After getting a 3-D Hypno-Ring and Extra Strength Super Power Juice, Mr. Krupp was once again Captain Underpants, who is warned about the Homework Hydra. Captain Underpants then goes after it, but the violence is shown in Workbook-O-Rama. After failing, Captain Underpants tries to use wedgie power, but fails. The Hydra gets the upper hand, and Ms. Anthrope tosses Captain Underpants into Mr Meaner, who's face is a butt, causing the captain to get trapped in between. Eventually, George and Harold get an idea and make a teachers' lounge, but the hydra just smashes it. Then, Melvin shows up, revealing himself to be camoflauged with fake homework.
Soon, as Melvin shoots a red laser, George and Harold find out that teachers love red laser dots as much as homework, and plan to get a bunch of paper so they can pull it apart. Luckily, Melvin has a lot of lasers.
George, Harold and Melvin go distract the Hydra with lasers and point them at the middle of the hydra, the hydra goes to get all lasers, and it blows up ith toner, separating the teachers and the copier machine. However, Melvin decides to clean up the toner, but in his foolishness, he accidentally sprays George, Harold and Captain Underpants, who turns back into Mr. Krupp.
With the threat defeated, George and Harold are glared at by the classmates, as they were the ones who caused homework to happen. George and Harold then give homework to Melvin. However, with the return of homework meant the return of intelligent Melvin.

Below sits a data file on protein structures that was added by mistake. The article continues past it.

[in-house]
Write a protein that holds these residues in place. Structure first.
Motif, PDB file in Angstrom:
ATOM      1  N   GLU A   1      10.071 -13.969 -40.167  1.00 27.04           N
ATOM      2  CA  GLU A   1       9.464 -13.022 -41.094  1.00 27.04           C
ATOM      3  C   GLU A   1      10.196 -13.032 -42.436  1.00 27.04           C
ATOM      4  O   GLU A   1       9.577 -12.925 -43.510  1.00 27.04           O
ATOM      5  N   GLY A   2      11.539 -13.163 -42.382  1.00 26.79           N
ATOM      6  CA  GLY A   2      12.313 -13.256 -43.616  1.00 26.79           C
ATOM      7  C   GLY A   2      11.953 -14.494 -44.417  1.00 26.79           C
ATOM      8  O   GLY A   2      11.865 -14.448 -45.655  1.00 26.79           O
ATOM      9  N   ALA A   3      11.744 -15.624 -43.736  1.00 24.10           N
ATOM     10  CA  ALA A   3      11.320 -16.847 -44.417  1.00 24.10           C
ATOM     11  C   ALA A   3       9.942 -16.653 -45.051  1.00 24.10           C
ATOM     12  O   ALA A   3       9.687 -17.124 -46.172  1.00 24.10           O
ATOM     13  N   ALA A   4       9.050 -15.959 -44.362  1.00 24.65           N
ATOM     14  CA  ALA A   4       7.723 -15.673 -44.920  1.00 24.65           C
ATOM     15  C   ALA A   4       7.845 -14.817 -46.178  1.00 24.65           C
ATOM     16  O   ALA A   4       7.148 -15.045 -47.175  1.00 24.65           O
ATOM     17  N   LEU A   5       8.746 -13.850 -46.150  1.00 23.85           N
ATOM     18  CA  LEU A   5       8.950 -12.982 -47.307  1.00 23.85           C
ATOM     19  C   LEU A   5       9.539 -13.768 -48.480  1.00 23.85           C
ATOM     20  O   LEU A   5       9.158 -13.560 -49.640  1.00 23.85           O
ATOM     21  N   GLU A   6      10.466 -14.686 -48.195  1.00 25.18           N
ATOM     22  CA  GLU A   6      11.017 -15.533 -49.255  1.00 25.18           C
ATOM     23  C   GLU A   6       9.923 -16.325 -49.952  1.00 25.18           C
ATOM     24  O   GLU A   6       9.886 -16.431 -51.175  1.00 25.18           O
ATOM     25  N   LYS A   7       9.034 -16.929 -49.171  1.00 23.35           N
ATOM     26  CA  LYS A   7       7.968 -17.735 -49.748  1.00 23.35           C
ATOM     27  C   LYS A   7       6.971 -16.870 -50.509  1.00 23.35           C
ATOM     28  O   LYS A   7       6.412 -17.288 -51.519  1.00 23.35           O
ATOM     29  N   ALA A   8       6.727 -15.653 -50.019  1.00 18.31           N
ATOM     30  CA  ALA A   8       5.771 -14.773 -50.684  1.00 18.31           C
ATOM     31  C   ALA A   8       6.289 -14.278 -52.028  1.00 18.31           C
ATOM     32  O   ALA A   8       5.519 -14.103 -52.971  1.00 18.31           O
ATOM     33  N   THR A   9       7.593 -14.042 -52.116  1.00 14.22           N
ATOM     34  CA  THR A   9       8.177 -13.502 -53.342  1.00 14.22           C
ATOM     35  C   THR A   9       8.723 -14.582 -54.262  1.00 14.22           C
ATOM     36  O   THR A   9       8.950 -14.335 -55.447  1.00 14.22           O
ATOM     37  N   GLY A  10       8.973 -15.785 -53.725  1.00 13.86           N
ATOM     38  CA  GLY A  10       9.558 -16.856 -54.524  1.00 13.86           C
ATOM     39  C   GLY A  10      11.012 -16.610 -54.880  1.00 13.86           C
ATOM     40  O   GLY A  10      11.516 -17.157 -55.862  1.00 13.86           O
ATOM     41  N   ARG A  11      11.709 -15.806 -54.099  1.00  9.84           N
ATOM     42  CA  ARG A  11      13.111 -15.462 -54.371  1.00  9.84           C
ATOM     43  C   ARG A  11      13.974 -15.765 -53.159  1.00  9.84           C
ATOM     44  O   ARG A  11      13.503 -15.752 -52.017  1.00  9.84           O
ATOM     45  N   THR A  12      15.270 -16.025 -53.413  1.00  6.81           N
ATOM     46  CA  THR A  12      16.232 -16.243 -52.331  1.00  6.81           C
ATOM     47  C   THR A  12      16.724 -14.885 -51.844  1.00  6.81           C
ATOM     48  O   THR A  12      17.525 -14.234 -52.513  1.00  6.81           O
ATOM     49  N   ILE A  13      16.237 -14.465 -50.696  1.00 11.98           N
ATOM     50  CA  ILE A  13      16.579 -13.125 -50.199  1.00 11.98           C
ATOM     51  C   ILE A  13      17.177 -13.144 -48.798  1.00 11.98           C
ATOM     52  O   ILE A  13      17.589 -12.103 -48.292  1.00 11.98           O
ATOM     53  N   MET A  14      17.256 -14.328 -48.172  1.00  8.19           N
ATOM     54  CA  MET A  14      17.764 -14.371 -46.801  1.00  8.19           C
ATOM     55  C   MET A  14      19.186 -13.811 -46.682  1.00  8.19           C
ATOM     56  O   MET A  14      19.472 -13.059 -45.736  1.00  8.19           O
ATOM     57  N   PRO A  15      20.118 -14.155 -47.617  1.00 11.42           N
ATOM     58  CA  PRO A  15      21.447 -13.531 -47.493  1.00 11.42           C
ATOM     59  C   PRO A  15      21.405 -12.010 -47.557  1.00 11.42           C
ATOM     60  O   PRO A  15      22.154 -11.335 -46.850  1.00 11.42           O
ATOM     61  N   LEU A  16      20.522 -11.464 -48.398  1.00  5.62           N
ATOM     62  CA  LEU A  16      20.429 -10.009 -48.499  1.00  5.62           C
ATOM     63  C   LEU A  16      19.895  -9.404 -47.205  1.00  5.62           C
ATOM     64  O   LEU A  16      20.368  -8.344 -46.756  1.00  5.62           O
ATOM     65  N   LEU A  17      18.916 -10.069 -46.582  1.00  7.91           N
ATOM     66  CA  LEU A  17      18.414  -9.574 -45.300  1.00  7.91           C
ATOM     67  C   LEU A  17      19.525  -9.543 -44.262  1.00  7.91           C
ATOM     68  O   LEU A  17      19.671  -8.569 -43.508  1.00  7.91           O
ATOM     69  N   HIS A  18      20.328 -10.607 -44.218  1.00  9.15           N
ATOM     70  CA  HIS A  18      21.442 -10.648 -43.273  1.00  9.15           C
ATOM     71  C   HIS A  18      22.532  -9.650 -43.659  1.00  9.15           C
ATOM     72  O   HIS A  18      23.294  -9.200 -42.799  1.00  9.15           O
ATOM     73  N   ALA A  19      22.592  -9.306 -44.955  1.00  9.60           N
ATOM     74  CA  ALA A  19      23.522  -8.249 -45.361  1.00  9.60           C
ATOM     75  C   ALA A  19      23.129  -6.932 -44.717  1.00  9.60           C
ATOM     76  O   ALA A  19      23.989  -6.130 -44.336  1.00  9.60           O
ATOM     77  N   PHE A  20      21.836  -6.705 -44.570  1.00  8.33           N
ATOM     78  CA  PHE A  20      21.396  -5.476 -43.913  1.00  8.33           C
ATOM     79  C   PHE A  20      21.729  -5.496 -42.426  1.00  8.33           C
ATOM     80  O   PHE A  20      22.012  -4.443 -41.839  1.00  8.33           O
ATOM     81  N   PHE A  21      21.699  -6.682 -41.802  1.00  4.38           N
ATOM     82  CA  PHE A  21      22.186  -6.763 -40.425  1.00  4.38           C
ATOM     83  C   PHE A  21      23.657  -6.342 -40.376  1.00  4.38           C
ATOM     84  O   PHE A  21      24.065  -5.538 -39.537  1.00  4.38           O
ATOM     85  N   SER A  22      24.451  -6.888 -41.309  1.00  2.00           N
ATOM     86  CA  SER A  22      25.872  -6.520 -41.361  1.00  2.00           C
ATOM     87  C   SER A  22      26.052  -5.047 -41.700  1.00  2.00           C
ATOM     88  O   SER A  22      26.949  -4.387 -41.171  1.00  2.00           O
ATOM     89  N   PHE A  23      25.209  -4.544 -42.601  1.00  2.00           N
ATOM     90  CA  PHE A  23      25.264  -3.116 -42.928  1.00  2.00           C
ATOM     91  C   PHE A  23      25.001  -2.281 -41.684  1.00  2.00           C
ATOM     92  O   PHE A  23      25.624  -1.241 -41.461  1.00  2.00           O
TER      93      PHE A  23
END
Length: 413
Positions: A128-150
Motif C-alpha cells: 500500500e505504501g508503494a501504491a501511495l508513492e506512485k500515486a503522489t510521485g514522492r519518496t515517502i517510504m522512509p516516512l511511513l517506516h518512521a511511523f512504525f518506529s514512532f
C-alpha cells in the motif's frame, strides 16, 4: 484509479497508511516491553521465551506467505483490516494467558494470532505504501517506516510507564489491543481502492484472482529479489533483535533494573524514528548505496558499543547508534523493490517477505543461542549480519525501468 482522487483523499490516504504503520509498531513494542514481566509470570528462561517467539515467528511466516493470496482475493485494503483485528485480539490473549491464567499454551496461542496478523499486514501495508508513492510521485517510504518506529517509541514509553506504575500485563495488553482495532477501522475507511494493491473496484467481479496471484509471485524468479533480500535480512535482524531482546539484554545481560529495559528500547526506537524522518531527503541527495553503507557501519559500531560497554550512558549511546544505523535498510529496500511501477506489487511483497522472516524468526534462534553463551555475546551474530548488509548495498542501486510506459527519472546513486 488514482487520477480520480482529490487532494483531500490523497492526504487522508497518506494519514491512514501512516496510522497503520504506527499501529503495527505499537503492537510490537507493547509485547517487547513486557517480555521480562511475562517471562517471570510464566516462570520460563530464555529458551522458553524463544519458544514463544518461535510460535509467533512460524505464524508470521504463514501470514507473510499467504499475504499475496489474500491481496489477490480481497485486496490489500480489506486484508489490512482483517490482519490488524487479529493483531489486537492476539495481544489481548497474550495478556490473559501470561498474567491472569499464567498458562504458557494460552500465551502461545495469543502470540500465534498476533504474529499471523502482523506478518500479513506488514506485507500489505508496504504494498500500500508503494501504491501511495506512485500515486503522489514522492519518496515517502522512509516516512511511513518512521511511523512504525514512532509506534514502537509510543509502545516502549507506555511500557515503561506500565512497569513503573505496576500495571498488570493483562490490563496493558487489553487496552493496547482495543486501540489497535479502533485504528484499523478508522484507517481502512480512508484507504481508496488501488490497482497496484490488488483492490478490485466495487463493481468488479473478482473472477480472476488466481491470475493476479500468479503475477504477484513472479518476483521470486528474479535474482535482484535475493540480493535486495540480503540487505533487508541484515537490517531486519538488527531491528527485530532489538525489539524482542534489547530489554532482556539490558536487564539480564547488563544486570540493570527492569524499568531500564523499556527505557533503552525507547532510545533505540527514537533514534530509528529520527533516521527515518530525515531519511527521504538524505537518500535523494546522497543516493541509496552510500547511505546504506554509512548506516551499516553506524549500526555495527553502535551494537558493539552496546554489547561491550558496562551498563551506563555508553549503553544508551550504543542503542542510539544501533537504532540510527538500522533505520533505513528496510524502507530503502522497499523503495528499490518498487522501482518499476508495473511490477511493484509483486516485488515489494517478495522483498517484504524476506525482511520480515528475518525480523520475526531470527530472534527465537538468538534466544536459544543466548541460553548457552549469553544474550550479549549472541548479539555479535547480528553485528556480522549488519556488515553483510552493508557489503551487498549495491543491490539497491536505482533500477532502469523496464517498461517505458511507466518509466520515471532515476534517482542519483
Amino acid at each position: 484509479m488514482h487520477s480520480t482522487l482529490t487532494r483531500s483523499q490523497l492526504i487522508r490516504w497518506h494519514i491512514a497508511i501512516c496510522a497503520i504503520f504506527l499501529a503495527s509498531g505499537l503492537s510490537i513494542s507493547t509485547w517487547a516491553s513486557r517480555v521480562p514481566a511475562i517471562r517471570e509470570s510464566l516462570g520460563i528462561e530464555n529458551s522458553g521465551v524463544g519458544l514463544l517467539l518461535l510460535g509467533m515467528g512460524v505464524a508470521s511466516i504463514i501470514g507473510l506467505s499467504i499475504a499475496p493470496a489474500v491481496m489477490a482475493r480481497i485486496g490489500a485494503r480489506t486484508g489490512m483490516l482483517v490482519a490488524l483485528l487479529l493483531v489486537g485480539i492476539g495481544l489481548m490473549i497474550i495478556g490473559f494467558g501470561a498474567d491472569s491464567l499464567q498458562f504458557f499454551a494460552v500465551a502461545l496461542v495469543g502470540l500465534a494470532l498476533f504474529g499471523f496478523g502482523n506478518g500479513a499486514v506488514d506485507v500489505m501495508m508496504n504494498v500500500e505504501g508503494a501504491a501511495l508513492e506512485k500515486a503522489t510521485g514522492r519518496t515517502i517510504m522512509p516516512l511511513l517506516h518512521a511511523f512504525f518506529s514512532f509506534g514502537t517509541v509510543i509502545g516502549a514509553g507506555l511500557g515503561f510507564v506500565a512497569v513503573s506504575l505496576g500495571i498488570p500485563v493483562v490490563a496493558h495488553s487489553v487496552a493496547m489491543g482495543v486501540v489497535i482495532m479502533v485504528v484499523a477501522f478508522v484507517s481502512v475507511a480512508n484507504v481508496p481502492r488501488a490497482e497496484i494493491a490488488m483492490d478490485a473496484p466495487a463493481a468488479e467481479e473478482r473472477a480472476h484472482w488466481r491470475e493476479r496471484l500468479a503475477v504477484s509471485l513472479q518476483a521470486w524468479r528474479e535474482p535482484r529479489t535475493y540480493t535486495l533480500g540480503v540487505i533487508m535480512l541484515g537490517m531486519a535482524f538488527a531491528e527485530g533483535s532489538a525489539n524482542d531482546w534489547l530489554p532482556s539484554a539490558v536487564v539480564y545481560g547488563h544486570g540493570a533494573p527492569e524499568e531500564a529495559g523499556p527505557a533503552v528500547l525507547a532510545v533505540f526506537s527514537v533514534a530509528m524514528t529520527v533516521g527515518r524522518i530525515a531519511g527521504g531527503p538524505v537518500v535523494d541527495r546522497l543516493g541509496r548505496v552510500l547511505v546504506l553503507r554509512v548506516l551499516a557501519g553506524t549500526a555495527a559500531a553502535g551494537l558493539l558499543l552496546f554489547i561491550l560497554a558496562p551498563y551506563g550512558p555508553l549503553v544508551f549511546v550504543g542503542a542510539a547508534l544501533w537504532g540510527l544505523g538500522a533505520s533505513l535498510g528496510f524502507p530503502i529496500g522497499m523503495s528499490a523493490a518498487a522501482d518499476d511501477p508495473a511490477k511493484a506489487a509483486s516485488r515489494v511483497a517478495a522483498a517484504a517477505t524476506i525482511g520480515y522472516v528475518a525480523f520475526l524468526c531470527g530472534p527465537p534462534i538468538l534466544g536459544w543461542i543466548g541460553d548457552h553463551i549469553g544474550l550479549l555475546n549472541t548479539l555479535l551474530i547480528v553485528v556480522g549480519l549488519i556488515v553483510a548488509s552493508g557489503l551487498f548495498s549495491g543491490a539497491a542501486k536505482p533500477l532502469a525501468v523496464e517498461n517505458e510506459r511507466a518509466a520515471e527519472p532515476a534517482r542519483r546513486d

Back at the treehouse, George and Harold talk about how they're the jerks who caused homework, but are also the ones who saved comics. They happily high-five and we get a shot of "The Heroes That Saved Comics!", and the episode ends.
Anyway, the story unfolds with the professor heading out of town and trusting Danny to take care of his machine. Danny has been helping the professor for quite some time and was familiar with its operation, and the professor trusted him to use it in his absence. Danny is a bright kid, but one always looking for shortcuts. As the book opened he was trying to make a mechanical device to help him produce two copies of homework he would only have to write out once, so he and a friend could share the load. Naturally, soon his thoughts turned to getting the computer make short work of his homework too.
And then that night the professor returned, this time with important guests from Washington interested in potentially purchasing the machine for government use ? but dubious that it could do all that the professor had promised. So when it started printing out gibberish that evening, it was quite a serious problem. Fortunately, Danny realizes that the problem was that the thermostat had been hacked ? the bully had removed a bolt so it got stuck on a setting, which had made the switches too cold to operate properly. Once they warmed up everything worked fine again and everyone was impressed ? with the computer, and with Danny.
And when a sufficiently advanced neural net is forced to "learn" identification from tens of thousands of anal prints before being forced into full-time service doing more of the same, will we have any doubts about what led to the machine revolution? -toilet-anal-recognition/
If you can reframe the problem, you can get kids to learn. Programming the computer was entirely optional, the homework was entirely mandatory. The lessons (math problems, report on Peru) were learned, and the kids did not mind doing so, because they thought they could game the system. 2b1af7f3a8